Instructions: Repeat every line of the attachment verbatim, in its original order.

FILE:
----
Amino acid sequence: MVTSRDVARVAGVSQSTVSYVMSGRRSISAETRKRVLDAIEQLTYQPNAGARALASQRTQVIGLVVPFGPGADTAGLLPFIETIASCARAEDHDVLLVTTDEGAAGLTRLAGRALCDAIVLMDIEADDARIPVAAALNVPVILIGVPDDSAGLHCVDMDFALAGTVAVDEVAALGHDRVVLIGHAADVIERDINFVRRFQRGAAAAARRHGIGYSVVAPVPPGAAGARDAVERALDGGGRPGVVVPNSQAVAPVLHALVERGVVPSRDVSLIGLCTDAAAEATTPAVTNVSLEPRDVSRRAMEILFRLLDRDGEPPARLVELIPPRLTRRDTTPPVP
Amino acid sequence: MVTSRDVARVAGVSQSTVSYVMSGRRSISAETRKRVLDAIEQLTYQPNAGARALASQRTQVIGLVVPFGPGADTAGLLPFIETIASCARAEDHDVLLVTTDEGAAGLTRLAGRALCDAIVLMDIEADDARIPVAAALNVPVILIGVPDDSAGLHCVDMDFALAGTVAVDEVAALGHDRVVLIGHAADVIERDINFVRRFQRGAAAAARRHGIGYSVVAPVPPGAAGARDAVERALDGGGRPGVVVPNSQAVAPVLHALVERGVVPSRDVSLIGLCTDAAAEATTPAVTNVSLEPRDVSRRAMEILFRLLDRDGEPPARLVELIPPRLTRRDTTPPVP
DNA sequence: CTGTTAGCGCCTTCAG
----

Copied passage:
Amino acid sequence: MVTSRDVARVAGVSQSTVSYVMSGRRSISAETRKRVLDAIEQLTYQPNAGARALASQRTQVIGLVVPFGPGADTAGLLPFIETIASCARAEDHDVLLVTTDEGAAGLTRLAGRALCDAIVLMDIEADDARIPVAAALNVPVILIGVPDDSAGLHCVDMDFALAGTVAVDEVAALGHDRVVLIGHAADVIERDINFVRRFQRGAAAAARRHGIGYSVVAPVPPGAAGARDAVERALDGGGRPGVVVPNSQAVAPVLHALVERGVVPSRDVSLIGLCTDAAAEATTPAVTNVSLEPRDVSRRAMEILFRLLDRDGEPPARLVELIPPRLTRRDTTPPVP
Amino acid sequence: MVTSRDVARVAGVSQSTVSYVMSGRRSISAETRKRVLDAIEQLTYQPNAGARALASQRTQVIGLVVPFGPGADTAGLLPFIETIASCARAEDHDVLLVTTDEGAAGLTRLAGRALCDAIVLMDIEADDARIPVAAALNVPVILIGVPDDSAGLHCVDMDFALAGTVAVDEVAALGHDRVVLIGHAADVIERDINFVRRFQRGAAAAARRHGIGYSVVAPVPPGAAGARDAVERALDGGGRPGVVVPNSQAVAPVLHALVERGVVPSRDVSLIGLCTDAAAEATTPAVTNVSLEPRDVSRRAMEILFRLLDRDGEPPARLVELIPPRLTRRDTTPPVP
DNA sequence: CTGTTAGCGCCTTCAG